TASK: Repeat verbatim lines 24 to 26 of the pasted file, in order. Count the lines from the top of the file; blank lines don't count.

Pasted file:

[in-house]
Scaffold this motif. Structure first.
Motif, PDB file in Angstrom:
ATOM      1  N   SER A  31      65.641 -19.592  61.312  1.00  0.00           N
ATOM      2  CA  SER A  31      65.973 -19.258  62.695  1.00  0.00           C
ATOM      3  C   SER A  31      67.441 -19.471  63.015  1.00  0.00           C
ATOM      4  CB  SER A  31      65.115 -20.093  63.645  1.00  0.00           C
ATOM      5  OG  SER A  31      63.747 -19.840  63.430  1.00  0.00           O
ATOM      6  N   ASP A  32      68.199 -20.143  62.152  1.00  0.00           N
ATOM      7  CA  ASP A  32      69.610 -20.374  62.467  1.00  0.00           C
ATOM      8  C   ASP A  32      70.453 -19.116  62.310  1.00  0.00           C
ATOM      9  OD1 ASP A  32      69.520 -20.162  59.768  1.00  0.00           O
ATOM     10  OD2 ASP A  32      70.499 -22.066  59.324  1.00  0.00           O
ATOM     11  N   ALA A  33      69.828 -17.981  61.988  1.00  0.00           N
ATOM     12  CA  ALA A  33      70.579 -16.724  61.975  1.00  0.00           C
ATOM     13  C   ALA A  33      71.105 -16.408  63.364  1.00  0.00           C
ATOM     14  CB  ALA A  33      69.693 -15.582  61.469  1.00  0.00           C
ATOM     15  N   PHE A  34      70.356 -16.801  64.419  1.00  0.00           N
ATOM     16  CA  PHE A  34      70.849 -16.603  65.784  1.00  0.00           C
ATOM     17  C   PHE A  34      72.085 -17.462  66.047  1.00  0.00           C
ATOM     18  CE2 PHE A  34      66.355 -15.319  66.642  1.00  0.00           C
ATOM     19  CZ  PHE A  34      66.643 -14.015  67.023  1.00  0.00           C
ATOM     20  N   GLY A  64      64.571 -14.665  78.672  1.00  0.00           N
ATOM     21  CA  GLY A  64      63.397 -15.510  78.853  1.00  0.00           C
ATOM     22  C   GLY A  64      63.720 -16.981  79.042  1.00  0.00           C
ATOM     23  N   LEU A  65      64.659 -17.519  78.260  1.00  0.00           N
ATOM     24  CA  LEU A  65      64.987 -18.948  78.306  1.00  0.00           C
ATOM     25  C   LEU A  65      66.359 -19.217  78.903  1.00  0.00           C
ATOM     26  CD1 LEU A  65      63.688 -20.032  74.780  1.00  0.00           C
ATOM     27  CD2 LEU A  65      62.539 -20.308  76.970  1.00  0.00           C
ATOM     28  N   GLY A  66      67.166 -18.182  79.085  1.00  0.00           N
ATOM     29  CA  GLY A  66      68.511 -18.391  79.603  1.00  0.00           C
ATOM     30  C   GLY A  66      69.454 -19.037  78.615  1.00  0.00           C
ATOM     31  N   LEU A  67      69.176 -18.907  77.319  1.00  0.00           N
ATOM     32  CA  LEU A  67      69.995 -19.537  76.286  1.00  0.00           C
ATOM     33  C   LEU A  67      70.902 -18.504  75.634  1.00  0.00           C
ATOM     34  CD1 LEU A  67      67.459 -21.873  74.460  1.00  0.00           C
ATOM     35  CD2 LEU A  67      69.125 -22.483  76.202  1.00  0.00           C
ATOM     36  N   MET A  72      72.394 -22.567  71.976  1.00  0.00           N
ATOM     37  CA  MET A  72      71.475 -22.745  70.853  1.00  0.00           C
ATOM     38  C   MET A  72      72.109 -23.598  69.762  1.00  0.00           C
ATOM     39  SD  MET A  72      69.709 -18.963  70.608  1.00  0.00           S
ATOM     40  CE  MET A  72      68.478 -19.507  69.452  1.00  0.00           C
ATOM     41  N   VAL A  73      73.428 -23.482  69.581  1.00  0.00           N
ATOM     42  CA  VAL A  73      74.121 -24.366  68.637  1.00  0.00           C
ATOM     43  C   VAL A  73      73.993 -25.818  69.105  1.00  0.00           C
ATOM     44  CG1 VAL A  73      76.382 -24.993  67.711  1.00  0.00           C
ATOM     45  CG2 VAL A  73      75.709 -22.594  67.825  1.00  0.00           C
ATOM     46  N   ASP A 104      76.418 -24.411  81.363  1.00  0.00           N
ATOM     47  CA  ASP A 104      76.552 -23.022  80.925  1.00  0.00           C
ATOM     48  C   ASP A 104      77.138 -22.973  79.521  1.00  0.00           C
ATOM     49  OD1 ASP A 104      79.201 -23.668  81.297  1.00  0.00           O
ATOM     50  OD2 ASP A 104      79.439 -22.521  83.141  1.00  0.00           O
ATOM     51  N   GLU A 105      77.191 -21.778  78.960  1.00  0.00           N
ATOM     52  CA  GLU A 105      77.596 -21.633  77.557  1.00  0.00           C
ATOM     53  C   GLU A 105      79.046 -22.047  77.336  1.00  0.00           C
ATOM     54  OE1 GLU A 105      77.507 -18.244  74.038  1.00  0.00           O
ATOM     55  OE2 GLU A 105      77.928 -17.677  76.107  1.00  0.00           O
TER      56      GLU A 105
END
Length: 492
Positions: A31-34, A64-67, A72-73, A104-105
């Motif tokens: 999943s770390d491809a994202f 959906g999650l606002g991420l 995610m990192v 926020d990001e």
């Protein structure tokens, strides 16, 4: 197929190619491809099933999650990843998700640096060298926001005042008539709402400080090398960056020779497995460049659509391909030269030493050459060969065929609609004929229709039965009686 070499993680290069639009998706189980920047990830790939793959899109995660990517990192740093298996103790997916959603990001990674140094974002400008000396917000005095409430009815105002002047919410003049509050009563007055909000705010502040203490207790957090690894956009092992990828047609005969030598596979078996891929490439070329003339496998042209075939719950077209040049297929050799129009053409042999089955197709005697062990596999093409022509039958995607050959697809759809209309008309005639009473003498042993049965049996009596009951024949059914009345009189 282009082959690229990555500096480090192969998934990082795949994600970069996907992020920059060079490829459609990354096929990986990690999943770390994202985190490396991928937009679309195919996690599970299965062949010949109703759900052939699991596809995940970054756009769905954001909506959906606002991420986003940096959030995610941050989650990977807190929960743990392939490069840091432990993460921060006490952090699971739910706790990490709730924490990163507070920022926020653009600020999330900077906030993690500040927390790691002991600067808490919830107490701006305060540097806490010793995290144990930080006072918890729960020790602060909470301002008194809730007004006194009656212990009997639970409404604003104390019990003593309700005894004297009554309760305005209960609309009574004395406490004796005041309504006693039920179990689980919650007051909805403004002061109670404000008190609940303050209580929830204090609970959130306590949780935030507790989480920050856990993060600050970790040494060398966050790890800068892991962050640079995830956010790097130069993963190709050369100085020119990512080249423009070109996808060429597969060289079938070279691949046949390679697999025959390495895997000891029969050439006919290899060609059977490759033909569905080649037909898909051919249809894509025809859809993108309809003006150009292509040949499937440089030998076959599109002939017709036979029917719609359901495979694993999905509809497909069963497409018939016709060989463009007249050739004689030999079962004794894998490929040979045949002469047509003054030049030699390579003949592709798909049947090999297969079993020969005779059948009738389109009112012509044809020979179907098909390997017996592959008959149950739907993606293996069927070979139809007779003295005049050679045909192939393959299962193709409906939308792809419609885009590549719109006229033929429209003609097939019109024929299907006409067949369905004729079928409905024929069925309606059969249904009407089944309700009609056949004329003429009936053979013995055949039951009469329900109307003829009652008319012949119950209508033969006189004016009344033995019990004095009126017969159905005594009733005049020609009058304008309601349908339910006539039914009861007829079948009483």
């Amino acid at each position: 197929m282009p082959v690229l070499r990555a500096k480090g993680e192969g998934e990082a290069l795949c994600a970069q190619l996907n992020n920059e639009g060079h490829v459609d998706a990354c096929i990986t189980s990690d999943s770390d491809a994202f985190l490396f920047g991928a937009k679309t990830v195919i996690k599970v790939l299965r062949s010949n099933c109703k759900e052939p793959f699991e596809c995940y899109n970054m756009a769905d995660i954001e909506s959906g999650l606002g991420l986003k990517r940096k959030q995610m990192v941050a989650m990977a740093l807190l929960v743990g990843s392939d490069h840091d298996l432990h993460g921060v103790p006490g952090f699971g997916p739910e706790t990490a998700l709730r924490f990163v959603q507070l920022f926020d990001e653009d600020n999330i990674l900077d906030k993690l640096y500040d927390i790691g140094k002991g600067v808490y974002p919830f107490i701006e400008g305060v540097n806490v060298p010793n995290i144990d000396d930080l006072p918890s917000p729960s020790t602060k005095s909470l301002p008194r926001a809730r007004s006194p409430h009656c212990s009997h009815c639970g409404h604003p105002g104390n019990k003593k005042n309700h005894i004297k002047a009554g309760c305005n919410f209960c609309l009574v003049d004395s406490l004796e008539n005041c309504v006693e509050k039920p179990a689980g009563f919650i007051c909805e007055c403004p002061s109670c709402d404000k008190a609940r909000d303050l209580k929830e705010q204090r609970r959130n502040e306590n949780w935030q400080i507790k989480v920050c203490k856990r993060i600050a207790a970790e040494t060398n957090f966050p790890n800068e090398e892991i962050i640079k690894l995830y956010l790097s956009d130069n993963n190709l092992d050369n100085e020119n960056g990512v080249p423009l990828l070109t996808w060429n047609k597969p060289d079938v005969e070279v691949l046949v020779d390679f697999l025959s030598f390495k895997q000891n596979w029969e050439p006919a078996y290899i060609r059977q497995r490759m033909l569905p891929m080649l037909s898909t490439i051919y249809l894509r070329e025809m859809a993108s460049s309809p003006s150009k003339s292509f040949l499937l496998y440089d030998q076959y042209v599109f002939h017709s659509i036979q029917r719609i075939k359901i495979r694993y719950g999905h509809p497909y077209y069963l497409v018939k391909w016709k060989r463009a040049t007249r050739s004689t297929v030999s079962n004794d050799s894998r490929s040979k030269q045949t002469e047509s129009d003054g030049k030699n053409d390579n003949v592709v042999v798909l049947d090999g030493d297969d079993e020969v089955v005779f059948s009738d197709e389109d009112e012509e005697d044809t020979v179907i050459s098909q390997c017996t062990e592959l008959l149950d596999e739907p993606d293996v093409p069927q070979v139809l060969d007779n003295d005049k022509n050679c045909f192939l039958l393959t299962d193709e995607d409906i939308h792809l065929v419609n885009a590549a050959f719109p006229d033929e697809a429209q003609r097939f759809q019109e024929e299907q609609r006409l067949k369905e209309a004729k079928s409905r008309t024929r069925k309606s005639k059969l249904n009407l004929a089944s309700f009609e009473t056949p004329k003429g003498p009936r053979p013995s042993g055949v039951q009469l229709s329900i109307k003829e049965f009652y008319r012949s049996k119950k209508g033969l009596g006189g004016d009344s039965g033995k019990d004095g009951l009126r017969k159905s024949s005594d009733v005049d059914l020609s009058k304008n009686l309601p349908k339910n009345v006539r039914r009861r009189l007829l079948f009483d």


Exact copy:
ATOM     21  CA  GLY A  64      63.397 -15.510  78.853  1.00  0.00           C
ATOM     22  C   GLY A  64      63.720 -16.981  79.042  1.00  0.00           C
ATOM     23  N   LEU A  65      64.659 -17.519  78.260  1.00  0.00           N